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12.06.2020

"Covid-19: a huge challenge to our healthcare system"

Dr. Vicky Masika Sasapu in front of the clinic of the CBCA church in Goma (DR Congo), photo: CBCA.

Dr. Taufik Nugroho (right), director of the "Mardi Rahayu Sindurejo" clinic of the GKJW church in Java (Indonesia), Photo: GKJW.

Since 2001, around 300 students have graduated with a UEM scholarship. In the meantime, many of them are taking on important tasks in church and society. They work in a wide variety of positions, including in the health sector. A large part of the UEM funds "United against Covid-19" is invested in the area of "Support for medical facilities". Reason enough for the head of the UEM scholarship programme, Dr Andar Parlindugan, to ask in times of the corona crisis what the doctors and former scholarship holders of UEM are currently doing in hospitals in Asia and Africa and how the situation has developed.

The work in the health care facilities of UEM members in Africa & Asia

Most UEM member churches have their own health care facilities. From small hospital treatment stations in the countryside to large, urban hospitals. Dr Taufik Nugroho is medical director of the "Mardi Rahayu Sindurejo" clinic in Kediri, west of Malang, Indonesia. This clinic belongs to the Christian Church in East Java (GKJW). "The Covid 19 pandemic poses a huge challenge to our health care system."  He goes on to describe what has changed for him above all in dealing with patients: "The most striking difference is the 'distance' to the patient. Not only the necessary physical distance takes place, but perhaps also a distance of trust... The doctor-patient relationship is always based on mutual trust, and this is being put to the test in this pandemic. Patients often feel intimidated by a stricter health protocol and are also afraid of the stigma if they are suspected of being infected with the coronavirus. There is therefore a general concern among the medical team that patients may not be honest about their symptoms or history of risk exposure to Covid-19".

How UEM supports their member churches

His colleague Dr Kahindo Darleine Furaha has had the same experience at the Nyakahanga Hospital of the Karagwe Diocese of the Evangelical Lutheran Churches in Tanzania (ELCT-KAD). "Social distancing is a difficulty in dealing with patients and their families." Dr Furaha is originally from the Baptist Church in Central Africa (CBCA), in the Eastern Congo. She has been active in UEM's South-South personnel exchange programme in Tanzania since 2014 and would actually have wanted to return home in March 2020 if it weren't for Corona. The UEM immediately agreed to an extension of her employment contract, initially for six months. "In the midst of difficult times, it is a pleasure to receive good news. The KAD accepts this action with great appreciation. It comes on time and responsibly. The UEM has helped us a lot with this decision. We are glad that Dr Furaha is with us," said Bishop Dr. Benson Bagonza, head of the diocese. Nyakahanga Hospital is a district hospital for the Karagwe, Kyerwa and Ngara regions, with a catchment area of about 700,000 people. In anticipation of increasing numbers of patients with Covid-19 disease, the following measures were implemented at the hospital: Already at the entrance to the hospital the tightened hygiene controls begin. All visitors must thoroughly disinfect their hands and the hospital staff immediately take their temperature. In cooperation with the diocese, information campaigns were also organised, partly via radio. 'Wash your hands with soap, wear masks and do not shake hands in greeting.' - These are the key messages.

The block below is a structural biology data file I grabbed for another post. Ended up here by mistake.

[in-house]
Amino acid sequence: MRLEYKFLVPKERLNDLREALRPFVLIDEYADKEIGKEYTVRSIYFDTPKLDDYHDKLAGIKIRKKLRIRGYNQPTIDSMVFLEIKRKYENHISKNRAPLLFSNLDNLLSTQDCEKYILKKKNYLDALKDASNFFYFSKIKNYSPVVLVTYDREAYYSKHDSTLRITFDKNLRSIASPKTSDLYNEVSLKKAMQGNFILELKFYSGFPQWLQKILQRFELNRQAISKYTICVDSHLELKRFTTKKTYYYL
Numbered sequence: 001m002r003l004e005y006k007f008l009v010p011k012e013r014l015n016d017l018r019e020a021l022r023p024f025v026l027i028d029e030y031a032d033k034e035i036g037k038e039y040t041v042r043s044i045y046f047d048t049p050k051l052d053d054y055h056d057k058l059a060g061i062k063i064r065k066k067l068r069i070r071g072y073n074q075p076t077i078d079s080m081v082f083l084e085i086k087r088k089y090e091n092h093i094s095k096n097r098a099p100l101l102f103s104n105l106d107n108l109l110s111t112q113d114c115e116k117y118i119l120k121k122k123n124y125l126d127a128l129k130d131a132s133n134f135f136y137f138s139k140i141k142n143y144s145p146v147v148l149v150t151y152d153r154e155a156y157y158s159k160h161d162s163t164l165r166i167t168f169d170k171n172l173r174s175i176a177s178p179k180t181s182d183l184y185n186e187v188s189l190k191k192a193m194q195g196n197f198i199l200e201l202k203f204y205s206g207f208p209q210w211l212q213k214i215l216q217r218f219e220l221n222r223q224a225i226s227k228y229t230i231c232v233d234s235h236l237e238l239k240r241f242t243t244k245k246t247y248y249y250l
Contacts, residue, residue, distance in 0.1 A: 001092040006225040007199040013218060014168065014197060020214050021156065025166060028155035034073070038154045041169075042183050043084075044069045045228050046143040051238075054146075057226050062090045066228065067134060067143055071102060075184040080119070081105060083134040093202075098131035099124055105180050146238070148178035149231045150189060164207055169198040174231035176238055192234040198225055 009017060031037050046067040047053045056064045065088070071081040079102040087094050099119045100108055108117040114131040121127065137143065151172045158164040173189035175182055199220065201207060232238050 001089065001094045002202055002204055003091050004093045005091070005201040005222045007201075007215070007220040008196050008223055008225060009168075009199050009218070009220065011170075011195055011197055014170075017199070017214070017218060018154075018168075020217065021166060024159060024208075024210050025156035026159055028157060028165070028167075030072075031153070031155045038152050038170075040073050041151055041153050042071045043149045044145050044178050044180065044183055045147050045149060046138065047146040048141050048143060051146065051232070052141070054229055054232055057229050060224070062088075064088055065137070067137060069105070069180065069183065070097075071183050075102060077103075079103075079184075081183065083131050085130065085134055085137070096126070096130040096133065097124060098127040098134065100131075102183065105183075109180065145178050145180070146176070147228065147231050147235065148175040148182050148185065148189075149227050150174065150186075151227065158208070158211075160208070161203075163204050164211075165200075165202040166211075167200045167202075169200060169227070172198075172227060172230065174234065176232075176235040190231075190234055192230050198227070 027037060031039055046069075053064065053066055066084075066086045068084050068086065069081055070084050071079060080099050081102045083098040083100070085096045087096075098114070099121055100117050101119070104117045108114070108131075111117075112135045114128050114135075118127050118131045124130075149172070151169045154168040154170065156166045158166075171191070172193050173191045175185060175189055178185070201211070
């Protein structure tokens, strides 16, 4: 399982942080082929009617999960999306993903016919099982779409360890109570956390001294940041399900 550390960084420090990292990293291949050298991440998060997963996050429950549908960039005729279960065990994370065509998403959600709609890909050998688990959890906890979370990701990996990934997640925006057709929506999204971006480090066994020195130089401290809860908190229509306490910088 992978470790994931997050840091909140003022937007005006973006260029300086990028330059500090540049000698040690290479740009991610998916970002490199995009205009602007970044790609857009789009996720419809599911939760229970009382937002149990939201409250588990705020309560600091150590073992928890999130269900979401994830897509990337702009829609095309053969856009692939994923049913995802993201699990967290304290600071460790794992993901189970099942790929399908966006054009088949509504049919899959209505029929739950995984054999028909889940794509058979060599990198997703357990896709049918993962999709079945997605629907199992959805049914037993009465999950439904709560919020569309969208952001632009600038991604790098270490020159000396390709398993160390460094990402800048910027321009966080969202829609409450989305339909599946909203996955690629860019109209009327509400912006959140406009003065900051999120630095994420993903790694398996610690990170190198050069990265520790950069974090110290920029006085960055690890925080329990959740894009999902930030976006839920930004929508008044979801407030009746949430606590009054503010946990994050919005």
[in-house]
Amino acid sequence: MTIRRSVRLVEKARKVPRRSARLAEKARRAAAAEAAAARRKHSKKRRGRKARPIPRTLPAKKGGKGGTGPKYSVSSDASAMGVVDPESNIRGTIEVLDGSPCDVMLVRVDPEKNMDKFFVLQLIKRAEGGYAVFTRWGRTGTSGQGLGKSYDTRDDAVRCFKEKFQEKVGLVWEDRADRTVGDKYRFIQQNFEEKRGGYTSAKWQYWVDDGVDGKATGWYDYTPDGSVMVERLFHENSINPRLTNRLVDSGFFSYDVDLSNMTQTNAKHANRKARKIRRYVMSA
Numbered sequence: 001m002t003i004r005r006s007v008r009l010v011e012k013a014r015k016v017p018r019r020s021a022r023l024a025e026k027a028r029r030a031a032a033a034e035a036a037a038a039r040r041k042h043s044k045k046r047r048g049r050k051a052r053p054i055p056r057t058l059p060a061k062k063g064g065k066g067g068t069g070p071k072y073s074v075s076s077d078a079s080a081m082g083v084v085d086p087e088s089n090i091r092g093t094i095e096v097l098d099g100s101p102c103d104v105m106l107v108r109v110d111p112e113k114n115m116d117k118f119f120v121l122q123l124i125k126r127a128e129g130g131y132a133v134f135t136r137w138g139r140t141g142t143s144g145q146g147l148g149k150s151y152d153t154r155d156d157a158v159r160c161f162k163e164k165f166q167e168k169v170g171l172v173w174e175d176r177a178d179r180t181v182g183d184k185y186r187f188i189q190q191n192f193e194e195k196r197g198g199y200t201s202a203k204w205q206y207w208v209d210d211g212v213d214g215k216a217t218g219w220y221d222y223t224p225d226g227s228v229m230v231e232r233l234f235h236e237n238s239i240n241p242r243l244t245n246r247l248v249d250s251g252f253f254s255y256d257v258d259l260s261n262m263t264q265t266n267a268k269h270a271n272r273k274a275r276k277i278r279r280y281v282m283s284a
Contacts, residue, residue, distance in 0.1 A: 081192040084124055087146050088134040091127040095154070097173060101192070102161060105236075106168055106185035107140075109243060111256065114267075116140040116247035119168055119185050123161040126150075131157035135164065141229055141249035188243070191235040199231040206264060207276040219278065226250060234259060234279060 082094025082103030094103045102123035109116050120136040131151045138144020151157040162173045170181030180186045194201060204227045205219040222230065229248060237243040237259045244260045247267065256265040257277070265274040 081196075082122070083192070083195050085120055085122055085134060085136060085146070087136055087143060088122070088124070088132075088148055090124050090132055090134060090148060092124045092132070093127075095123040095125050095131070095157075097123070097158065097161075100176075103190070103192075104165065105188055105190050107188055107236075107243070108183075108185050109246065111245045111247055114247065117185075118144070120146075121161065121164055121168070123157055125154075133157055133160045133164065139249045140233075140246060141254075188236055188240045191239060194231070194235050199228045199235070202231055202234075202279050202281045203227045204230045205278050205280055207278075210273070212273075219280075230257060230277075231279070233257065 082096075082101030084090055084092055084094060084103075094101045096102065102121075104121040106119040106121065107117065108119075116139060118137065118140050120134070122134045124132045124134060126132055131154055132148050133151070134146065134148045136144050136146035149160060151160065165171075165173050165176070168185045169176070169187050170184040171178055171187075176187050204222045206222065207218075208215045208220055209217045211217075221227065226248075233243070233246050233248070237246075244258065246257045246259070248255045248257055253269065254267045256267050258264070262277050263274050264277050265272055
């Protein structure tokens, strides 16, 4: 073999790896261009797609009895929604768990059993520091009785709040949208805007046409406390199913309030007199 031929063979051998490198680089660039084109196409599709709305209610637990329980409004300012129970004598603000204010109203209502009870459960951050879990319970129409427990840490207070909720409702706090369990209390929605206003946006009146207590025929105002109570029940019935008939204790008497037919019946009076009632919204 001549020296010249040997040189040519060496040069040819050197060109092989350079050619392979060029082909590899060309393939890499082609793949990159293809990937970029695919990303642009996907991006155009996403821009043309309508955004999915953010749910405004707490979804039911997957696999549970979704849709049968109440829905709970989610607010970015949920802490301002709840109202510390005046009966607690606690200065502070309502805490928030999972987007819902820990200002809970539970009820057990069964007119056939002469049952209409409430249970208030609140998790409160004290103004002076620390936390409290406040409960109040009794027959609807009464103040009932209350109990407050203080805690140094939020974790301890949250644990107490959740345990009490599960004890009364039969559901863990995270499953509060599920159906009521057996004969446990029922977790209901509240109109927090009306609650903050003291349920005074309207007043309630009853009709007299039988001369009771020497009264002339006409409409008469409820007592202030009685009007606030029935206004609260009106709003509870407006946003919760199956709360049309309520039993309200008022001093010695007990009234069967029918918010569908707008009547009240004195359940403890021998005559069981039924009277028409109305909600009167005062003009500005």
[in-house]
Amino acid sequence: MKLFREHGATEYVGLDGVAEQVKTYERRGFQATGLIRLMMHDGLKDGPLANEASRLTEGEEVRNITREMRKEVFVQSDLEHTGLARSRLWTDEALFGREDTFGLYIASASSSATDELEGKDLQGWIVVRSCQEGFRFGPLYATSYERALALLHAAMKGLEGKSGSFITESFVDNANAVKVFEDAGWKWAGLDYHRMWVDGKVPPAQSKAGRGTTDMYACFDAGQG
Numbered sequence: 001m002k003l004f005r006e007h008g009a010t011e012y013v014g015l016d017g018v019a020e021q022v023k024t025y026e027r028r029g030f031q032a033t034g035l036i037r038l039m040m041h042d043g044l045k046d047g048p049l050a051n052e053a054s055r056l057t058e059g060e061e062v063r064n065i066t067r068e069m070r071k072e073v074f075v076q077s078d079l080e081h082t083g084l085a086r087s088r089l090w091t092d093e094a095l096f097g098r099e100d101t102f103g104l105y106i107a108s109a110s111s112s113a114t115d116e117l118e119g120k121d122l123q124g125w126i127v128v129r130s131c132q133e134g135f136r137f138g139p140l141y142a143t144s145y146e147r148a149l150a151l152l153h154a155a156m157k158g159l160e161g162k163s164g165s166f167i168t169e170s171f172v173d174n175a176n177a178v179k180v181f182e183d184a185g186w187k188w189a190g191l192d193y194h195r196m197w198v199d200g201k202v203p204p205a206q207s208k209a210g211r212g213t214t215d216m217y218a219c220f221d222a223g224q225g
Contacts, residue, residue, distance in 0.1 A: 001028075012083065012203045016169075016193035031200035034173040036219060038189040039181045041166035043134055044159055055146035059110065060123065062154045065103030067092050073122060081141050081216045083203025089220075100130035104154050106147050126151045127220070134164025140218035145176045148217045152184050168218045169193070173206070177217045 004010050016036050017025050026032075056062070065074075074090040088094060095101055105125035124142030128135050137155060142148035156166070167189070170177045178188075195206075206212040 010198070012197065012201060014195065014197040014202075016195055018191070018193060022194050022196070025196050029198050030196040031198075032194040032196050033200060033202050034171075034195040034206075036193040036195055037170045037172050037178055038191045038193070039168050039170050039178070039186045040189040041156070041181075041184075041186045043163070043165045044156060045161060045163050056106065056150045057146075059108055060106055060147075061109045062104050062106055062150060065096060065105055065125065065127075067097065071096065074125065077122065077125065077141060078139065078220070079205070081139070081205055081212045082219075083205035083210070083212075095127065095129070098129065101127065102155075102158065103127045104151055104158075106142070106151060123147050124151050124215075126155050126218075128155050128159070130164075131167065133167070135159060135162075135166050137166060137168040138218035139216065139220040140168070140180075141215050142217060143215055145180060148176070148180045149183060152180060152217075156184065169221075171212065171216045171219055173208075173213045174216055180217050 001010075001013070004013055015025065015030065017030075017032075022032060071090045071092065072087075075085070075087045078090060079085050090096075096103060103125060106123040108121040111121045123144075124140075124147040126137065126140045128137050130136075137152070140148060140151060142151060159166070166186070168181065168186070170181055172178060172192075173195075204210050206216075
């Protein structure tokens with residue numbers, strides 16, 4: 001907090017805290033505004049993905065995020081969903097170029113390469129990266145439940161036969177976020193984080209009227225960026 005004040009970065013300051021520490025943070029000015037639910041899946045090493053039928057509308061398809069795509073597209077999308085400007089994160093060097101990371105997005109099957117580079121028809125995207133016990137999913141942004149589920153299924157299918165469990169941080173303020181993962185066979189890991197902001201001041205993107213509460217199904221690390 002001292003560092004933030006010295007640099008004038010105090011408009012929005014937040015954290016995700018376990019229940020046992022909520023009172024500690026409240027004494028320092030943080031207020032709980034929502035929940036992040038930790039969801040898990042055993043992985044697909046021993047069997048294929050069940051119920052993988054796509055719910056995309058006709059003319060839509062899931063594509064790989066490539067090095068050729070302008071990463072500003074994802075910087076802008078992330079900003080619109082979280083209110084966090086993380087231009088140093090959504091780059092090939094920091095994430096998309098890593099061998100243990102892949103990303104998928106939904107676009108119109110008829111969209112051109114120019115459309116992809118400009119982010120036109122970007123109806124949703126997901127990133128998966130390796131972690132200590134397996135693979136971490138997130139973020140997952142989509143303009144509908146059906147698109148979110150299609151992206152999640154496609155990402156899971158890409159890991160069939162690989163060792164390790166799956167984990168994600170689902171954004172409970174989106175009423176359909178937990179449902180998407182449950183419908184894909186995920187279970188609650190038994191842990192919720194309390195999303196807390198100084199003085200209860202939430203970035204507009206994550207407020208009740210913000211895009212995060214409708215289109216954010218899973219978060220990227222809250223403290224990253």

Two state borders further to the west, Dr Vicky Masika Sasapu in Goma reports, in the east of the Democratic Republic of Congo similar things. "We are prepared for increasing numbers of cases. The challenge is that we will lack the medical equipment in case of emergency. Respirators are available, but we have less than a handful at CBCA's church hospitals." In general, there are also too few testing facilities available, so it remains unclear how many people are actually infected with Covid-19 in the countries of UEM members.

The challenges of the doctors

How do the doctors manage to stay motivated despite all the challenges? In a working day that is often enough difficult and sad. For many of the church hospitals mainly address their services to low-income people; the doctors are aware of many fates. Dr Nugroho from Java answers: "The ultimate challenge for us is to continue to offer the best service to the patients, to touch the heart without physical touching and to smile, even if masks are placed in between. We remain confident and always believe that God has a good plan for us. He is certainly helping at the right time so that we are able to provide the best service to others, especially in the public health sector.

Dr Parlindugan expressed his deep respect for the achievements, the tireless efforts of all medical staff in the facilities of the UEM members. "May God protect you and give you special strength in the fight against this life-threatening virus."

This video www.youtube.com/watch provides a detailed insight into the measures taken by CBCA's Bethesda Hospital in Goma (East Congo).

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